The World Bank: History, Projects and Criticism

The World Bank

The World Bank was founded by the western powers in July 1944 alongside the International Monitory Fund to mitigate the effects of the war in Europe and America.

The second world war is ending and has taken its toll on the world's economic, human, and social foundations, shaking them to their core. 

There was a demand for an emergency effort to reconstruct ruined infrastructures and stabilize Europe's economy; it was then named the International Bank for Reconstruction and Development (IBRD).

It was also charged with preventing future conflicts through economic means, and over 75 years later, its influence is worldwide.

Initially, the world bank's scope was to make loans available to European countries; now its scope has expanded to support economic growth in Africa, Asia, and Latin America.

Examples of world banks helping recently are the Indian Solar Project, which lent the country over $1 billion to provide stable electricity in cities without one, including rooftop solar projects to supply electricity to millions.

Similarly, in Ethiopia, the bank supported over 1 million households in gaining access to energy through off-grid solutions like solar lanterns and home systems.

Overtime the World bank has expanded its roles to include providing interest-free loans to extremely poor countries through its established agencies such as the Multilateral Investment Guarantee Agency (MIGA) and the International Finance Cooperation (IFC)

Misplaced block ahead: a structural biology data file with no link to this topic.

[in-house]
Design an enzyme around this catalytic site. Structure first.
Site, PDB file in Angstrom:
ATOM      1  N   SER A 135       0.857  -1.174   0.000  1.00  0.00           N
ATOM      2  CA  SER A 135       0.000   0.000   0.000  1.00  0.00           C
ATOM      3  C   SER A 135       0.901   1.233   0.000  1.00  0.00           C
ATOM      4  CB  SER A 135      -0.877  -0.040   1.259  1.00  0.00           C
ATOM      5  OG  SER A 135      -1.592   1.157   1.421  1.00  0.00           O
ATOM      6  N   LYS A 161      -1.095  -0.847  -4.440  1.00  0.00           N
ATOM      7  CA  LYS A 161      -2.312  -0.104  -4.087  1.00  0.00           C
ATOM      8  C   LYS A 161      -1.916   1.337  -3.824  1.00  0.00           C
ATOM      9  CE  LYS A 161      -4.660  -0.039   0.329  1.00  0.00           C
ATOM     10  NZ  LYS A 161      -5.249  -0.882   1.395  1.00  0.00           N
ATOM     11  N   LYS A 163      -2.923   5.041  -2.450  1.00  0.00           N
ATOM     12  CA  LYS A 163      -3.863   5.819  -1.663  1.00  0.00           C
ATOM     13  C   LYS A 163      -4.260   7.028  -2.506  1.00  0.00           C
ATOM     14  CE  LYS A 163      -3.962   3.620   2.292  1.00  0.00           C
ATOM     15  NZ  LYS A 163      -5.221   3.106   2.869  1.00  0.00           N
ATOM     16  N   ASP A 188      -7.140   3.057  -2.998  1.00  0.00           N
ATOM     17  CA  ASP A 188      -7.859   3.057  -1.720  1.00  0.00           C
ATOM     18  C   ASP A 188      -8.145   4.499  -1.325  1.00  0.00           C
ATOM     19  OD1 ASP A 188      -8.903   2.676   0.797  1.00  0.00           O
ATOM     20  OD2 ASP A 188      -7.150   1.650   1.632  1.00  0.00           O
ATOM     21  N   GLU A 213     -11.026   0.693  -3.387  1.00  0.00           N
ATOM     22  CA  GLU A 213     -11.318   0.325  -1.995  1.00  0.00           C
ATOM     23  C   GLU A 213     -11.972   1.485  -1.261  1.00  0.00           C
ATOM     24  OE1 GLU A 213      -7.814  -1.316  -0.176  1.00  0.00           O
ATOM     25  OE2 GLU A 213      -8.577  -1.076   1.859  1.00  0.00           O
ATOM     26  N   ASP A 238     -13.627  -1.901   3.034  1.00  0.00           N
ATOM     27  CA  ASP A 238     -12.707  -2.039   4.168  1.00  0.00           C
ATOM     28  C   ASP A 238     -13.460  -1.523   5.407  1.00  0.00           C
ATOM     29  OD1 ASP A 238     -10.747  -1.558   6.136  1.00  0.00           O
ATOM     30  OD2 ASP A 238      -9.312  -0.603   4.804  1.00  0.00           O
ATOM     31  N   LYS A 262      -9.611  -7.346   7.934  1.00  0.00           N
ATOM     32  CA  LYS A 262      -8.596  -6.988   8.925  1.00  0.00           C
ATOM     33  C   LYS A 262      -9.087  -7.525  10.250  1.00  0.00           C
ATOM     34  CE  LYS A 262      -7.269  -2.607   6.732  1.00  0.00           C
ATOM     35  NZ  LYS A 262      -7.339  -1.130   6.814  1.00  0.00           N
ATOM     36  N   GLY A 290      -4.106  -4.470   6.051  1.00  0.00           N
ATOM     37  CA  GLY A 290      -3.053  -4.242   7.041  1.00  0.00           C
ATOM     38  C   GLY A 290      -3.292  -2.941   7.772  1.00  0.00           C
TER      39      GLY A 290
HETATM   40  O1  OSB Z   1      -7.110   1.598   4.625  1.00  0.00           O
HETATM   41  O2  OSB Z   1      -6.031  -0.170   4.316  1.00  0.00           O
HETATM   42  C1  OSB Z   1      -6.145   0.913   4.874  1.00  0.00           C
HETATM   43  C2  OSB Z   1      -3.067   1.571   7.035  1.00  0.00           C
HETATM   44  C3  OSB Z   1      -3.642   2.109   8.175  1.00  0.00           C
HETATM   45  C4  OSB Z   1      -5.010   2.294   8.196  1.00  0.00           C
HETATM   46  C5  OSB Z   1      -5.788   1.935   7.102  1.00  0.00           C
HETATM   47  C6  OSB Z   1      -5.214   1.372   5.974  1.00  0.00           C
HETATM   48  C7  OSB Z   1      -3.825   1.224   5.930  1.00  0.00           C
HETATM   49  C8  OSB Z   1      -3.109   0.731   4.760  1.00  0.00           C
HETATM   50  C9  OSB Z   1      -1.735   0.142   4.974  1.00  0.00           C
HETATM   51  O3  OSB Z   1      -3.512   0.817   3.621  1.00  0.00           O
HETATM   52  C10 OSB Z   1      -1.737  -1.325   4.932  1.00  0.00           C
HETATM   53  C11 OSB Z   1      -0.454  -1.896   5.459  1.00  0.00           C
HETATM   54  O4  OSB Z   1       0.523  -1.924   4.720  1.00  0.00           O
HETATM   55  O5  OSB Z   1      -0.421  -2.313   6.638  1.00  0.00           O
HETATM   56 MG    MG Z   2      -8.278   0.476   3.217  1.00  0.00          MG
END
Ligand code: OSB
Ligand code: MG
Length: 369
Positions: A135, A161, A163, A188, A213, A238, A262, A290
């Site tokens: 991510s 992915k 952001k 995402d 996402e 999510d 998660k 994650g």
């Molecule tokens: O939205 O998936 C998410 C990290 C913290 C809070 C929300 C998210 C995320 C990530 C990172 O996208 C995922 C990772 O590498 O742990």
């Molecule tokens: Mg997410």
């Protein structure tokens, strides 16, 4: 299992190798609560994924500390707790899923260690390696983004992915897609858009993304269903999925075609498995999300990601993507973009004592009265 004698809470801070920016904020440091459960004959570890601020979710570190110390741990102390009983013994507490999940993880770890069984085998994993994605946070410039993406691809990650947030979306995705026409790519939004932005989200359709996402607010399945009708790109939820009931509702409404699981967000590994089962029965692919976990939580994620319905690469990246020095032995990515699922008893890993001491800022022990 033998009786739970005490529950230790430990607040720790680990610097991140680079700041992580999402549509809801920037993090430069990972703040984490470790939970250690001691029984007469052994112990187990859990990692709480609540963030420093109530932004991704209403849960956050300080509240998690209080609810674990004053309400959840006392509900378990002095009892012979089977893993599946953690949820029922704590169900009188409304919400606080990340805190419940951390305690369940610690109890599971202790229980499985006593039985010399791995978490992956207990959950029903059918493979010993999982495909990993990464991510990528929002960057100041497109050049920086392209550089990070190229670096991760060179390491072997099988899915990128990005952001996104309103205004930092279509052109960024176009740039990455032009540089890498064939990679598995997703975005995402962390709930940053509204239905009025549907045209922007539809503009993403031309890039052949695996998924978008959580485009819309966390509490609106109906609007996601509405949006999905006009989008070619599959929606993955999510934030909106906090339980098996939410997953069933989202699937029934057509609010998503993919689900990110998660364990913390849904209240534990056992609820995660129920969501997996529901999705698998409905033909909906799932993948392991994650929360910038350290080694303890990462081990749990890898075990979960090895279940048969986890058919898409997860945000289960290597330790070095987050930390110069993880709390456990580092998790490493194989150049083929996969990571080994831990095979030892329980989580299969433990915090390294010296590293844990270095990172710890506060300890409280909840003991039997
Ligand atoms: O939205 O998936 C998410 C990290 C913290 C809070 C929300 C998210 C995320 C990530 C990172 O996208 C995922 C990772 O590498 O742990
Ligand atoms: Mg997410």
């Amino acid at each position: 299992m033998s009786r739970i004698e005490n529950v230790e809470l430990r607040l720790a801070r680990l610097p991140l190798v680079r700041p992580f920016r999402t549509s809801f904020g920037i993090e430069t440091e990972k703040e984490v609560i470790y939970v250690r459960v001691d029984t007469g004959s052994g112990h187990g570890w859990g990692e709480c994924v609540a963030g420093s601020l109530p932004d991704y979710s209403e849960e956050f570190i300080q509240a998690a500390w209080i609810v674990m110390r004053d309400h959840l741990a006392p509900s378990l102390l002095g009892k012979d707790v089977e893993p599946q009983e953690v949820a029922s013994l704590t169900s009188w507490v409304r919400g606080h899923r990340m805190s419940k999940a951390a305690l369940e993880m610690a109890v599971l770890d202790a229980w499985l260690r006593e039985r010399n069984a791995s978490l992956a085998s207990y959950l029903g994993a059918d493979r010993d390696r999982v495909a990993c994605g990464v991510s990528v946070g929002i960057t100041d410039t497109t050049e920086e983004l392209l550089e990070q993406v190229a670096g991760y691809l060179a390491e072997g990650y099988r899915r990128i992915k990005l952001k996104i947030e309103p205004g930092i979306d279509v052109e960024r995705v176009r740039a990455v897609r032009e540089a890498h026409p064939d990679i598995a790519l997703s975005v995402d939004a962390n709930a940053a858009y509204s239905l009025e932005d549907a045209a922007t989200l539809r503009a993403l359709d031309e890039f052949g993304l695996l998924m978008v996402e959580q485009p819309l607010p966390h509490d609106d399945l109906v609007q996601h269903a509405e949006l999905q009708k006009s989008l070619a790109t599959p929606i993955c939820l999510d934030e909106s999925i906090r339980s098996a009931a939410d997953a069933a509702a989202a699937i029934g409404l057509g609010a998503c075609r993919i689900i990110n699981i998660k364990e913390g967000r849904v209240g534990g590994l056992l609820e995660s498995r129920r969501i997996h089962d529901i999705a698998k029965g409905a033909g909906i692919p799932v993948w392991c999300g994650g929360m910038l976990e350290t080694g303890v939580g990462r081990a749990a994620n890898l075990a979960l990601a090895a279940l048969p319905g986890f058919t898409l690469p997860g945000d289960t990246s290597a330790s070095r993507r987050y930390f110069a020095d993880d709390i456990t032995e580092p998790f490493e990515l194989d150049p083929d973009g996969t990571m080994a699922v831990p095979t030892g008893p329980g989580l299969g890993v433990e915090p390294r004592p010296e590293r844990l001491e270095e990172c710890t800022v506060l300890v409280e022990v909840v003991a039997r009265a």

Its major focus now is ensuring sustainable economic growth, reducing poverty, and challenging environmental dynamics such as climate change and conflict in developing countries.

World Bank and SMEs

According to the World Bank's statistics, small and medium-sized enterprises account for 90% of businesses worldwide and 50% of all employment, and the bank's focus is on creating 600 million jobs by the end of 2030.

To achieve this, the bank has already invested in both loans and grants totaling over $150 million in iSME alone between 2019 and 2023.

Role of the world bank in developing Countries

The World Bank has been providing financing for developing countries for various purposes, including infrastructure development, health care, and agriculture. 

They have also been actively involved in impacting developing countries positively by providing technology and strategies to help developing countries and institutions achieve sustainable economic growth.

Furthermore, it has also served as a debt relief agency across the world by providing the technology and strategies for debt reduction, such as the Heavily Indebted Poor Countries (HIPC) Initiative.

The World Bank Group summary helps developing countries by improving their access to the global market and enhancing their significance in international trade.

Recent World Bank Project

On the 30th of March, the World Bank launched its long-awaited reform plan to boost lending in developing countries by $5 billion annually in the fight against climate change while maintaining its top-tier credit rating. 

The Stated that it must improve its response to global crises that hinder development progress and threatens the people living on the planet,

Disadvantages of the World Bank

The world bank has also faced its share of criticism, with many experts describing the scope of borrowing to solve environmental issues like natural disasters and climate change in developing countries as wrong.

Forcing countries to adopt its global policies has also been criticized, with experts calling on the bank to also respect each country's economic plans and goals.

They have also been accused of not having enough evidence on which to base their policies, which makes them not completely reliable or guaranteed.

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